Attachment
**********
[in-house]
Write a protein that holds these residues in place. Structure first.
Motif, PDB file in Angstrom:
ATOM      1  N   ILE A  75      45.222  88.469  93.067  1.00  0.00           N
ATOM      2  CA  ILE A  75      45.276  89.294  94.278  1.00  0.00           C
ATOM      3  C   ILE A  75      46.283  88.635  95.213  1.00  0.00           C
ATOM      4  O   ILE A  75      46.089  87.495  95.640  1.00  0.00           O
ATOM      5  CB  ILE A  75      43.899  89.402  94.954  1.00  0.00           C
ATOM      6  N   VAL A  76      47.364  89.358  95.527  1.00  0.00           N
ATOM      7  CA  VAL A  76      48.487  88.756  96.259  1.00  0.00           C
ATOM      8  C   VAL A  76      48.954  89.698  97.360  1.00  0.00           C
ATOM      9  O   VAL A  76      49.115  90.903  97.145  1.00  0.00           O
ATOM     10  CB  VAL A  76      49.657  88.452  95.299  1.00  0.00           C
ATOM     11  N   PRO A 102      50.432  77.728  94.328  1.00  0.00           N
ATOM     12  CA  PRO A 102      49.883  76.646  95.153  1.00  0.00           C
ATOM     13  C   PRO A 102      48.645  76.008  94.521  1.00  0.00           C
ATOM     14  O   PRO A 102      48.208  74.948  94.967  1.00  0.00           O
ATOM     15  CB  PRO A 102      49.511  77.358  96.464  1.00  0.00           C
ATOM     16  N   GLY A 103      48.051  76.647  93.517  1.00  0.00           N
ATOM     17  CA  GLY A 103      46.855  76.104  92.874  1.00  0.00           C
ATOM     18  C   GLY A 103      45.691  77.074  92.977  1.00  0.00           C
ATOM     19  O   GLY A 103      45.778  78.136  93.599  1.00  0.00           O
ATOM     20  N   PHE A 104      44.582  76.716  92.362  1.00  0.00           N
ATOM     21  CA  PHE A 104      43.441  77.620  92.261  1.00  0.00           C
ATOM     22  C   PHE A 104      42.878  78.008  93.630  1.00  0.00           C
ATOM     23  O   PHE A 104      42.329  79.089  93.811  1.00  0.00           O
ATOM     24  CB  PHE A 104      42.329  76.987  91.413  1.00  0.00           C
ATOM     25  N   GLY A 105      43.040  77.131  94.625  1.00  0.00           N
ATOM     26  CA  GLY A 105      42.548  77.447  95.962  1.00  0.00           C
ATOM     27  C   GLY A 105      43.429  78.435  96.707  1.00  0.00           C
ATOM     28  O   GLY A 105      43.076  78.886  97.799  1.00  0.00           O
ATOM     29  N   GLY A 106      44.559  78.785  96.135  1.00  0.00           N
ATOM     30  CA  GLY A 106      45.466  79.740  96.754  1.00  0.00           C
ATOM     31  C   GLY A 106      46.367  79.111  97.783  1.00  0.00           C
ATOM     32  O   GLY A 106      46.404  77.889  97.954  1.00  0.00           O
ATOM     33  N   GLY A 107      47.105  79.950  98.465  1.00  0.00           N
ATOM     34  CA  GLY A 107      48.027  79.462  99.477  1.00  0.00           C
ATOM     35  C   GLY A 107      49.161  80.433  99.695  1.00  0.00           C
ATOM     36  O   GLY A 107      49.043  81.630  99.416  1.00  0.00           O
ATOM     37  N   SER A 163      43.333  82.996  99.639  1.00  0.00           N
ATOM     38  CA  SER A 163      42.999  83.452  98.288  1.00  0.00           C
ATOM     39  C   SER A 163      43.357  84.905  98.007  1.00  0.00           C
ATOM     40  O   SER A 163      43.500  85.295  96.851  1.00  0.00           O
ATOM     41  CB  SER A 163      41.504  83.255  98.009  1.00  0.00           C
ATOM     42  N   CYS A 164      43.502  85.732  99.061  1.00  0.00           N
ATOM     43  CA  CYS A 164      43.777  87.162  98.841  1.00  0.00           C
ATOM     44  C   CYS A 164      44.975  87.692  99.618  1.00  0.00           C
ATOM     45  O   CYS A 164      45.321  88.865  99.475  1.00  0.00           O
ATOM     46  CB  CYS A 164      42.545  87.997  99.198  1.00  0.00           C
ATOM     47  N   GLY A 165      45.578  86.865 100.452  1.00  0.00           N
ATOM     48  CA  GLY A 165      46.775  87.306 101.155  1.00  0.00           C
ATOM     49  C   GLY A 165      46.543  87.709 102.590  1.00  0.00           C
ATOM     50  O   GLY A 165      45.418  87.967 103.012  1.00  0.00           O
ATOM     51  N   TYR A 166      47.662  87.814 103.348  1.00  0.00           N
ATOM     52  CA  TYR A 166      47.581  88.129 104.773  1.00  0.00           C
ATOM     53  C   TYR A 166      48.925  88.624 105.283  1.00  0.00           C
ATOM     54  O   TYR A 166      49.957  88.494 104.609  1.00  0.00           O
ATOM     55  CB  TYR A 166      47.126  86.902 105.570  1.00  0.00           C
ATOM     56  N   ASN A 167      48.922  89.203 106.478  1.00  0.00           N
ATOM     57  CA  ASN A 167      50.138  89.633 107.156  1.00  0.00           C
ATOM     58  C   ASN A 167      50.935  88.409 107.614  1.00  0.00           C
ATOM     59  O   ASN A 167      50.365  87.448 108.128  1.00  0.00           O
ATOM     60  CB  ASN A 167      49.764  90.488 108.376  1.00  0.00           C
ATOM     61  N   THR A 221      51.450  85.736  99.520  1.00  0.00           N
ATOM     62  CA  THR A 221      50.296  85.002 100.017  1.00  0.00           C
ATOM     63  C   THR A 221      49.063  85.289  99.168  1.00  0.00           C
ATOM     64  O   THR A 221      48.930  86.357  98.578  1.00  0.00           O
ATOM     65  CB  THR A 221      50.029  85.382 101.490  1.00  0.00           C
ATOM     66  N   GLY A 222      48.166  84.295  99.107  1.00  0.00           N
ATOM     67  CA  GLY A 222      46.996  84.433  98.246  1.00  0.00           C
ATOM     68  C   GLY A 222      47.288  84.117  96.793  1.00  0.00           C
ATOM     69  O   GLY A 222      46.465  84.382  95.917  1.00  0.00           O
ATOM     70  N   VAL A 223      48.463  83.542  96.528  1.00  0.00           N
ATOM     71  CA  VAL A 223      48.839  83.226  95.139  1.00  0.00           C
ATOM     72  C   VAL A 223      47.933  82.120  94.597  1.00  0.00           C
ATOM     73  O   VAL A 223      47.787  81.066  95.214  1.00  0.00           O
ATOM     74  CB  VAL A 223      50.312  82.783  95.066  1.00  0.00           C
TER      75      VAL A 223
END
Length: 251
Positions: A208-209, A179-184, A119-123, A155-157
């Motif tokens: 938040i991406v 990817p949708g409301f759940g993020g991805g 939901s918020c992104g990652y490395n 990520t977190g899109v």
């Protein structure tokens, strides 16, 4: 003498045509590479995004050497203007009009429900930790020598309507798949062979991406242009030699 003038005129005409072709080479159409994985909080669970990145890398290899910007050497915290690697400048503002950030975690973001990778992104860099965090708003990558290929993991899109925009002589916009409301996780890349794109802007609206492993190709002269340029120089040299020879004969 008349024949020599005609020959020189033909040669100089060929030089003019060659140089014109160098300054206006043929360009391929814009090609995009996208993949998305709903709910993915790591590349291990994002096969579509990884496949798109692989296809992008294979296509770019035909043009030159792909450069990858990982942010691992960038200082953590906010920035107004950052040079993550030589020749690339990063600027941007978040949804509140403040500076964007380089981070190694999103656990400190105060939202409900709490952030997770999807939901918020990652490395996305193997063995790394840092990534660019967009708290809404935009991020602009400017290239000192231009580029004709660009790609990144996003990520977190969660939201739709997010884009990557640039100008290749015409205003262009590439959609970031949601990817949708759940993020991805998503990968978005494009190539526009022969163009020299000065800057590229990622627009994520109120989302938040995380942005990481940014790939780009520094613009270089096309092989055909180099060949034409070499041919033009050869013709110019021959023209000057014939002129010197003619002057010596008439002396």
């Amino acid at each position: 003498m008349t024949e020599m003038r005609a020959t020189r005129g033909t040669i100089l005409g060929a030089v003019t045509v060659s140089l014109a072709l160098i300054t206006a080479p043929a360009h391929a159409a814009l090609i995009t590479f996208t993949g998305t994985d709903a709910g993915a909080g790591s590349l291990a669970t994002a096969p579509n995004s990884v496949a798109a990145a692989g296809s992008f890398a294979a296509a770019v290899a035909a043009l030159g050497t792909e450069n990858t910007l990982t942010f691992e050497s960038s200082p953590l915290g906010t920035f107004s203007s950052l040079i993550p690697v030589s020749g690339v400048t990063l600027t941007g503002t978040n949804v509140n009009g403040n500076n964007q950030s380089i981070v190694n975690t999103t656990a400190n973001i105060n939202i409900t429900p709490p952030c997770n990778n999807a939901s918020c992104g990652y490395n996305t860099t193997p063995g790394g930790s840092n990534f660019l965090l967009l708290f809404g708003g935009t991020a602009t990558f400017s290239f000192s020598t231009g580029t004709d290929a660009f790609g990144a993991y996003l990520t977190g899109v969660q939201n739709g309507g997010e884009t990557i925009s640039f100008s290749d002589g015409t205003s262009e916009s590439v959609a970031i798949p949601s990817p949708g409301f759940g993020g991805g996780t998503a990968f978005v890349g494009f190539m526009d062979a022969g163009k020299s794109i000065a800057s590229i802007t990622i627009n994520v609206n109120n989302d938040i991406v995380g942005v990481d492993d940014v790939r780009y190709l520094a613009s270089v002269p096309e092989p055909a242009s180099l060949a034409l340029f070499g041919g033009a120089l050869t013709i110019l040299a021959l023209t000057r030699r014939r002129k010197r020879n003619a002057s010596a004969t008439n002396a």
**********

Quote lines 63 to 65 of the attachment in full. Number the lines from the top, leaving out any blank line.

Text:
ATOM     60  CB  ASN A 167      49.764  90.488 108.376  1.00  0.00           C
ATOM     61  N   THR A 221      51.450  85.736  99.520  1.00  0.00           N
ATOM     62  CA  THR A 221      50.296  85.002 100.017  1.00  0.00           C